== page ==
Mayor Marion Barry's administration urged the D.C. City Council yesterday to adopt legislation requiring all passengers of motor vehicles driven in the District to wear seat belts -- a proposal that was defeated this year in the Virginia and Maryland legislatures.

Council member Wilhelmina J. Rolark (D-Ward 8) has introduced a bill requiring the driver, front-seat passengers and anybody in the back seat under the age of 18 to wear a seat belt while parked or riding in a motor vehicle.

However, representatives of the administration and several special interest groups who testified yesterday at a hearing before the council's Public Works Committee argued that the bill was inadequate because it didn't apply to nonresidents and because it includes weak penalties and enforcement provisions.

While Rolark's bill "would make the use of safety belt systems mandatory in most instances, it does not go far enough in the interest of public safety," said Robert O.D. Thompson, head of the D.C. Transportation Systems Administraton, who testified for the administration.

For instance, under the proposed measure police officers would be instructed not to stop a vehicle in which a passenger was not using his seat belt unless there was probable cause to believe that the driver had committed some other offense.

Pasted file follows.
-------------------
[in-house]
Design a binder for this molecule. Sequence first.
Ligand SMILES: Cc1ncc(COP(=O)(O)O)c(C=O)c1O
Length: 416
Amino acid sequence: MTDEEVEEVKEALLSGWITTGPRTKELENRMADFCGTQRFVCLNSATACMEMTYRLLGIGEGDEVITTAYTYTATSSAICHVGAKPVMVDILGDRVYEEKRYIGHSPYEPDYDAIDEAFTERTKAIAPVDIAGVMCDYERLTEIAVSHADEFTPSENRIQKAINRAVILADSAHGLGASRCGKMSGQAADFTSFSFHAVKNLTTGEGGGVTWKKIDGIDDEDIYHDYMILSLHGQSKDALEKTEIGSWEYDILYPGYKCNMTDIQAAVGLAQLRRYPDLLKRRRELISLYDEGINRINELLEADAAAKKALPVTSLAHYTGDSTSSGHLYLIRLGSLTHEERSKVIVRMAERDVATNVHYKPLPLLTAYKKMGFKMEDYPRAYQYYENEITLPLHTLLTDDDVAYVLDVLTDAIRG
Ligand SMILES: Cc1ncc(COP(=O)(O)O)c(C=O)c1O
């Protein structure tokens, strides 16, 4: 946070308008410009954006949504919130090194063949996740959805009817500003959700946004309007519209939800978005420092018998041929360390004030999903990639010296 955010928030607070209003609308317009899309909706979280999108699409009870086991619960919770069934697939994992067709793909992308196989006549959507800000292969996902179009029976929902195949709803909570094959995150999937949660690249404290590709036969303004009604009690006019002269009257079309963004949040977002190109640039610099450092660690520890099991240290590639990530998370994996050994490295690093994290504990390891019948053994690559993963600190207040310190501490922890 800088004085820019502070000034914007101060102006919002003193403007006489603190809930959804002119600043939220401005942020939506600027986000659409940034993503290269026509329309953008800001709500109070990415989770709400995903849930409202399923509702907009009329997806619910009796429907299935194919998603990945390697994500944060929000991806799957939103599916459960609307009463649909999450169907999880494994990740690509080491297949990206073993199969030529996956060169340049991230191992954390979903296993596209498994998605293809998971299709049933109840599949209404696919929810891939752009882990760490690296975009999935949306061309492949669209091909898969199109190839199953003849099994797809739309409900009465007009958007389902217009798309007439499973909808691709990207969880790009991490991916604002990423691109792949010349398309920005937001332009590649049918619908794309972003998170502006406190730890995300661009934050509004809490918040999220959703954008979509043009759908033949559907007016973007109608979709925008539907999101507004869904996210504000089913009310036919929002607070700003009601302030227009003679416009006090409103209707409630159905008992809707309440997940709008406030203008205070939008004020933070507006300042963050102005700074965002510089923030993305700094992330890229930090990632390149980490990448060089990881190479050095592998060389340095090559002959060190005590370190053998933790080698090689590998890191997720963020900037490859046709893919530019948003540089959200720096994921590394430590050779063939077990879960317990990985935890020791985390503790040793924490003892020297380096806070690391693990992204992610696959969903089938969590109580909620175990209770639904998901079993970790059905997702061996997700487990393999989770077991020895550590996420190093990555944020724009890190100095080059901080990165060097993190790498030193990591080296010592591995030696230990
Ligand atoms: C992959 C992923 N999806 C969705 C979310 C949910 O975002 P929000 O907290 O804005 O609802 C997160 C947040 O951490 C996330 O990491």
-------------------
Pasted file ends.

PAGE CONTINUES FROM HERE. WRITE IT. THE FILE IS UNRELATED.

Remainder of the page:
The bill would impose a maximum fine of $25 and drivers who violated the law would not have "points" added to their record.

Rolark said after the meeting that there was considerable support among her colleagues for some type of seat belt legislation and that she was willing to go along with some of the changes sought by the administration and others.

However, Council Chairman David A. Clarke, who did not attend the hearing, said he opposed the concept of mandatory seat belt use legislation for adults and that he would vote against he bill if it is brought before the full council.

Council member Nadine P. Winter (D-Ward 6), chairman of the Public Works Committee, raised concerns during the hearing that a mandatory seat belt law would be difficult to enforce and might prove to be unfair or daunting to persons visiting from states that don't have similar laws. "This is a tourist town," she said.

Last January, New York became the first state to begin enforcing mandatory seat belt use legislation. Ten other states have adopted similar legislation: New Jersey, Illinois, Michigan, Missouri, Indiana, New Mexico, Hawaii, Texas, North Carolina and Connecticut.

Virginia and Maryland lawmakers rejected mandatory seat belt use bills this year, partly because of strong opposition from a coalition of conservatives and civil libertarians.

Proponents contend that enactment of seat belt legislation would save 440 lives each year in the District, Virginia and Maryland and would also prevent 11,900 serious injuries.

However, some groups have mixed feelings about pushing too hard for state mandatory seat belt laws, for fear of undermining the U.S. Department of Transportation's plan to gradually force automobile manufacturers to install airbags and other "passive-restraint" safety devices in all new cars.

By 1990, all new cars must contain the safety devices. However, this requirement would be rescinded if state legislatures representing two-thirds of the U.S. population enact and enforce mandatory seat belt use laws by 1989.